A turning driver’s failure to yield right of way to an oncoming motorcycle rider resulted in a nearly fatal collision. While this particular crash happened in Lynchburg, Virginia (VA), on St. Patrick’s Day 2022, similar scenarios play out frequently all across the commonwealth.

According to Lynchburg police, the driver and motorcyclist were traveling along Rivermont Avenue in opposite directions. The driver attempted to turn left onto Norfolk Avenue but, instead, struck the motorcycle rider. The collision happened shortly before 4:30 pm, and bystanders performed CPR on the motorcyclist until emergency medical personnel arrived.


On the day following the crash, officials at Lynchburg General Hospital listed the 42-year-old motorcycle rider in critical condition. Police filed a preliminary charge of reckless driving against the 23-year-old man in the turning car. Additional charges may follow as investigators collect more evidence.

A Failure of Vision and Visibility

Rivermont Avenue curves sharply at the point where it intersects Norfolk Avenue. This makes it difficult for drivers and motorcyclists on Rivermont to see approaching vehicles. With several businesses also nearby and a large number of pedestrians due to the proximity of Randolph College, conditions are often unsafe.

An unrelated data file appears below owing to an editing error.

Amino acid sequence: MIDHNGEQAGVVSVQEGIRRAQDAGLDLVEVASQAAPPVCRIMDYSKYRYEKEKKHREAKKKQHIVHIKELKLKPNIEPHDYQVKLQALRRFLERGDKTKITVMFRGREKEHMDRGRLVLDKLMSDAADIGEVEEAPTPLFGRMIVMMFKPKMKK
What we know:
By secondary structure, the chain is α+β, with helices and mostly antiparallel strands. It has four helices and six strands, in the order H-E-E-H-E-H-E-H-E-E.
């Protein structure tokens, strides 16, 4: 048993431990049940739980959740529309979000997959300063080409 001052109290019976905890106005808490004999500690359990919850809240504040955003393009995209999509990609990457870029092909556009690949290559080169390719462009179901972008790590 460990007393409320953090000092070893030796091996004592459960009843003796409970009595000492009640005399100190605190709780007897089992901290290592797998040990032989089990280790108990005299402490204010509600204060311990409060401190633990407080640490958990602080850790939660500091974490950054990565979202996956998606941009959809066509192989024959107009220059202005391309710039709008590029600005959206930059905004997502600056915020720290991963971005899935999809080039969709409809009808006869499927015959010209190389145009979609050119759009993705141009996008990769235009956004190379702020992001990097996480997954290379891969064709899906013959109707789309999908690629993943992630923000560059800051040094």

Another and more pervasive problem is that people behind the wheels of cars, trucks and SUVs simply never spot approaching motorcycles.

Researchers explored the phenomenon of “invisible” motorcycles in a visual perception experiment described in an article titled “Why Drivers Don’t See Motorcycles in Plain Sight.” Volunteers looked through a series of photographs of the same intersection taken at different times and were asked to rate the safety of making a left turn when facing the pictured scene from the driver’s seat. A majority of the participants said turning would be safe even when looking at a photo that included a motorcycle.

The explanation for this boils down to drivers not seeing motorcycles because they were not thinking about motorcycles. The fact that many participants also failed to spot a taxi further highlighted the long-recognized phenomenon of people not looking closely at places they have seen multiple times.

Avoiding a crash while turning left can be as simple as adhering to section 46.2-825 of the Virginia Code. That law states “The driver of a vehicle, intending to turn left within an intersection or into an alley, private road, or driveway shall yield the right-of-way to any vehicle approaching from the opposite direction if it is so close as to constitute a hazard.”

Still, intending to yield right of right of way stops well short of actually allowing a motorcycle rider, another vehicle or a pedestrian to clear an intersection. Drivers must think to think about the presence of all potential crash victims before starting to turn left.